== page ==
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Re: Nikon unveils V1 and J1 Mirrorless Cameras
« Reply #39 on: September 21, 2011, 07:57:32 PM »
The lower end of the market could probably not care less about interchangeable lenses - they are perfectly happy with a compact. 

The higher end of the market insists on image quality - these users already have DSLRs and need a pocketable camera.
I agree with you.  I just don't see the market here.  And here we have a brand-new sensor and brand-new line of lenses.  Chances are, if this thing doesn't sell like hotcakes (probably won't) then prices won't come down in a hurry.  Olympus PEN hasn't exactly taken the market by storm.

I think if you look at it as a point-n-shoot with higher image quality than its 1/1.7" brethren plus the ability to change lenses, well then it's kinda interesting.  The price kills it though.

If you look at it as a mirrorless DSLR system with a miniature sensor and the same price as a proper APSC cam, then forget it.


what an epic fail....  i only hope canon will do it right.

Epic fail... I say probably, likely.

I sure hope canon gets a mirrorless system going with its APSC chips and an EF-S lens mount.  Why manufacture a whole new line, no upgrade path?  I just don't get it.  Why not use components already being manufactured?

The challenge is that these products are playing in the market segment between the G12 and the 1100D.  What is likely to happen is that you land up with a product which is rather like a motorbike with a sidecar - it inherits the disadvantages of a motorbike combined with the disadvantages of a car, and only satisfies a small market segment.  (Let's not try to pick apart my analogy - it is not perfect.)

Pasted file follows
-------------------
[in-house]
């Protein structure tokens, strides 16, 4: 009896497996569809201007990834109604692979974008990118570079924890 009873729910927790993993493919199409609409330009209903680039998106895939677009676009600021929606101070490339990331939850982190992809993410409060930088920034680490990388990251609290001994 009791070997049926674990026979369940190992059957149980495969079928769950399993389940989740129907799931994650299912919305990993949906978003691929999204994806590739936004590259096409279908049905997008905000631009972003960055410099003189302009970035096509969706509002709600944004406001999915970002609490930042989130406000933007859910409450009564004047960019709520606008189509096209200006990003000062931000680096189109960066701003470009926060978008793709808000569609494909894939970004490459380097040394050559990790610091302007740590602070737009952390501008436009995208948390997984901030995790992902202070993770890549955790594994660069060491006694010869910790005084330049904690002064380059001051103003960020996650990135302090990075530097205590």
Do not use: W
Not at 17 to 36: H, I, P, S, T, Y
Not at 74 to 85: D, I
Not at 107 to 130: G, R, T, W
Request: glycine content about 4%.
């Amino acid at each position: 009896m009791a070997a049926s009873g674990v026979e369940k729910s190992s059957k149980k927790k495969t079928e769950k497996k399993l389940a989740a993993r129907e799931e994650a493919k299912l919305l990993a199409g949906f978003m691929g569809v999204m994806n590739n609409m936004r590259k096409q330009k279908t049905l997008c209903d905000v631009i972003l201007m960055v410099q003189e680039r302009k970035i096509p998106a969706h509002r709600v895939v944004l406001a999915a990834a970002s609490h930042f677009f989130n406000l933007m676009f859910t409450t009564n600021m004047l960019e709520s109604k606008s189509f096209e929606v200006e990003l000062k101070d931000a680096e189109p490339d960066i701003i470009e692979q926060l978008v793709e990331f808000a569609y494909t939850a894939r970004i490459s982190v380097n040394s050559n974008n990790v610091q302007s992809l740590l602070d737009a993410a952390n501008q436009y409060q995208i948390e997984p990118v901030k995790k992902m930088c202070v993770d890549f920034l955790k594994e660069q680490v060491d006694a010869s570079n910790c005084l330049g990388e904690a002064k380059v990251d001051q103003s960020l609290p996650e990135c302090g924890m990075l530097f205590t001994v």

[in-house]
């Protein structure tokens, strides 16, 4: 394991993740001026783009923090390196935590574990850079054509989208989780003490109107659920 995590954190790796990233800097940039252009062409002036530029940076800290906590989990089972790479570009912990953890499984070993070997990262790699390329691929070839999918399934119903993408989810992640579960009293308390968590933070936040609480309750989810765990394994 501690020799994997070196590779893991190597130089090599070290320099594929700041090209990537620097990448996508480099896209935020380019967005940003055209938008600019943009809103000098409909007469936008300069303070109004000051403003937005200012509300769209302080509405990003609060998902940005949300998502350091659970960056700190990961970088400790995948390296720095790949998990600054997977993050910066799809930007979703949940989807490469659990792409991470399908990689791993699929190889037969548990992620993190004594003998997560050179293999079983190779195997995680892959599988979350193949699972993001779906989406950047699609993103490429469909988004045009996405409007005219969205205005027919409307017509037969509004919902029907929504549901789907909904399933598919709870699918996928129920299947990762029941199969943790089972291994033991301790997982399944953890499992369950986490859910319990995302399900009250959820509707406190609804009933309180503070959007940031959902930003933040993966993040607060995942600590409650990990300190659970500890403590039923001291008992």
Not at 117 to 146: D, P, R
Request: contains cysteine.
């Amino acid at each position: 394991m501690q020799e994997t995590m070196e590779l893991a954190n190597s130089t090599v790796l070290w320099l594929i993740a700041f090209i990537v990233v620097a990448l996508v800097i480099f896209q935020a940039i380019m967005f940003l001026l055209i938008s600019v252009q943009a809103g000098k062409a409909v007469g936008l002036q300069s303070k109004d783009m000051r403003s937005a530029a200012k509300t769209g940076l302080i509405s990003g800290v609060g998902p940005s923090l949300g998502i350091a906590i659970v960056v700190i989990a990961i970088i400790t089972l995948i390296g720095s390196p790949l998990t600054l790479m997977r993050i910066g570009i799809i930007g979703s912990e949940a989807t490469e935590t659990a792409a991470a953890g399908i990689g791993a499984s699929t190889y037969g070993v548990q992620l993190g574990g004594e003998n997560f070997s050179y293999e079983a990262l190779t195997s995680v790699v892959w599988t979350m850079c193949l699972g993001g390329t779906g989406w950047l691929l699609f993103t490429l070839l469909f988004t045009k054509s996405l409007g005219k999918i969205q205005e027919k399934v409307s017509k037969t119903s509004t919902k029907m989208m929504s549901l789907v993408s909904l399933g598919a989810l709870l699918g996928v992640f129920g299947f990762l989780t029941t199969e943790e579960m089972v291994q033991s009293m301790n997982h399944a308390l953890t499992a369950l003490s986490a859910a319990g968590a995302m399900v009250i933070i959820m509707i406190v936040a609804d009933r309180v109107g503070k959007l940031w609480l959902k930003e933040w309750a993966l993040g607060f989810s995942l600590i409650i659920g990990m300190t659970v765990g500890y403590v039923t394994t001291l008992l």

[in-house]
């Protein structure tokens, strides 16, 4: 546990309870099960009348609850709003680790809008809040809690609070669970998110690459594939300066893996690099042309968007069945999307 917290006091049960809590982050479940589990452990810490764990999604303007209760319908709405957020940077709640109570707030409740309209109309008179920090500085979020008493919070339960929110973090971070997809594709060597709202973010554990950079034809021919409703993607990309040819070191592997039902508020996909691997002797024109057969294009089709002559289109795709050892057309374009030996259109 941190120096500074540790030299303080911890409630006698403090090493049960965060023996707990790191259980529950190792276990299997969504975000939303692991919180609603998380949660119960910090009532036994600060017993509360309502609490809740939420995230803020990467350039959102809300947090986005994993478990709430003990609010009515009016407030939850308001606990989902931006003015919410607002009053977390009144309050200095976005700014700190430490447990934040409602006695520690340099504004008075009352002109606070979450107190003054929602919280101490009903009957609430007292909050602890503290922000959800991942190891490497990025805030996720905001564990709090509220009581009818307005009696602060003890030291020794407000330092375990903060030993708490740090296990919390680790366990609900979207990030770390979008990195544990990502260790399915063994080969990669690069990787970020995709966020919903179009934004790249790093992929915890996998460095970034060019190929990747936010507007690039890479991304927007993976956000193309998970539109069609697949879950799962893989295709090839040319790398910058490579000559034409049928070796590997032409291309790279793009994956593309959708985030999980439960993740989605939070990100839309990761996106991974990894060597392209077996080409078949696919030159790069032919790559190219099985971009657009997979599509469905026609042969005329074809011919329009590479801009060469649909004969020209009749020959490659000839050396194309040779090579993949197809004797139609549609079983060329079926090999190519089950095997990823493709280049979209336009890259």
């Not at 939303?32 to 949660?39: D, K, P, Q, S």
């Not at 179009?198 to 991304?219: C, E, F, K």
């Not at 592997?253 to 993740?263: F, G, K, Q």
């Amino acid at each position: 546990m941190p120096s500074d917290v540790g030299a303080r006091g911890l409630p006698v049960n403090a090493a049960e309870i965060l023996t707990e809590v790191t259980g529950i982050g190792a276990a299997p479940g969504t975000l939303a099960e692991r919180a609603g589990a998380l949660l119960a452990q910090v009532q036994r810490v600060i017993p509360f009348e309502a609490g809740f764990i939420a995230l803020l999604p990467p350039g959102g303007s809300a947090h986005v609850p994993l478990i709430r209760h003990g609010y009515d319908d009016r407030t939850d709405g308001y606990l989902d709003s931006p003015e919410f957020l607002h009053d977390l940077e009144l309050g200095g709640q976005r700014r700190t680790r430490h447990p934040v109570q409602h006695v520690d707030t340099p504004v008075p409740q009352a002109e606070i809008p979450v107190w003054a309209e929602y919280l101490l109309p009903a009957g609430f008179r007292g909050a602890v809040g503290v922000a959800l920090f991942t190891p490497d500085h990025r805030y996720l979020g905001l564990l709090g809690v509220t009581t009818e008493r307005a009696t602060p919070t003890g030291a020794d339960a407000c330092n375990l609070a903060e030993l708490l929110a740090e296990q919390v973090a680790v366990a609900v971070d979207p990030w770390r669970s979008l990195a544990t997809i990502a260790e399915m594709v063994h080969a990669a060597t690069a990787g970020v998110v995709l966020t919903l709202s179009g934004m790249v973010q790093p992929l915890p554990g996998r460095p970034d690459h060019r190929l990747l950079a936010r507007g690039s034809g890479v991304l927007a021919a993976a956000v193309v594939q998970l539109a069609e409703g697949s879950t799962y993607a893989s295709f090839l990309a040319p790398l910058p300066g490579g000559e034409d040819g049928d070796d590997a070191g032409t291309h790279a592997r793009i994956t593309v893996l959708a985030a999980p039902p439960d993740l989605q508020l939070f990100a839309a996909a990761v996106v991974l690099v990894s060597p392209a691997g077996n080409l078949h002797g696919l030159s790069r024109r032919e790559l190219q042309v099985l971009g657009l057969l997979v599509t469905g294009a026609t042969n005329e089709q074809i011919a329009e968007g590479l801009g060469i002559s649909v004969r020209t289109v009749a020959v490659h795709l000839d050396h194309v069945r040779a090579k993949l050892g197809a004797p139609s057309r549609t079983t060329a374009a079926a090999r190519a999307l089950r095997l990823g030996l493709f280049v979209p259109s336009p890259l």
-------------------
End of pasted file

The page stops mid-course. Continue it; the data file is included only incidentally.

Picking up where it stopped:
This is a segment where I believe there is first mover disadvantage.  (OK Nikon are not the first mover.)

Hopefully Canon will take a serious look at what the strengths of the G12 and the 1100D are, and come up with a product that carries the strengths of both of them, and which fits into the price bracket.  That will be a tall order.  This kind of product is trying to satisfy the high end of the compact market and the low end of the DSLR market - i.e. the most demanding users in the compact segment and the least demanding users in the DSLR segment.  That is a marketing nightmare.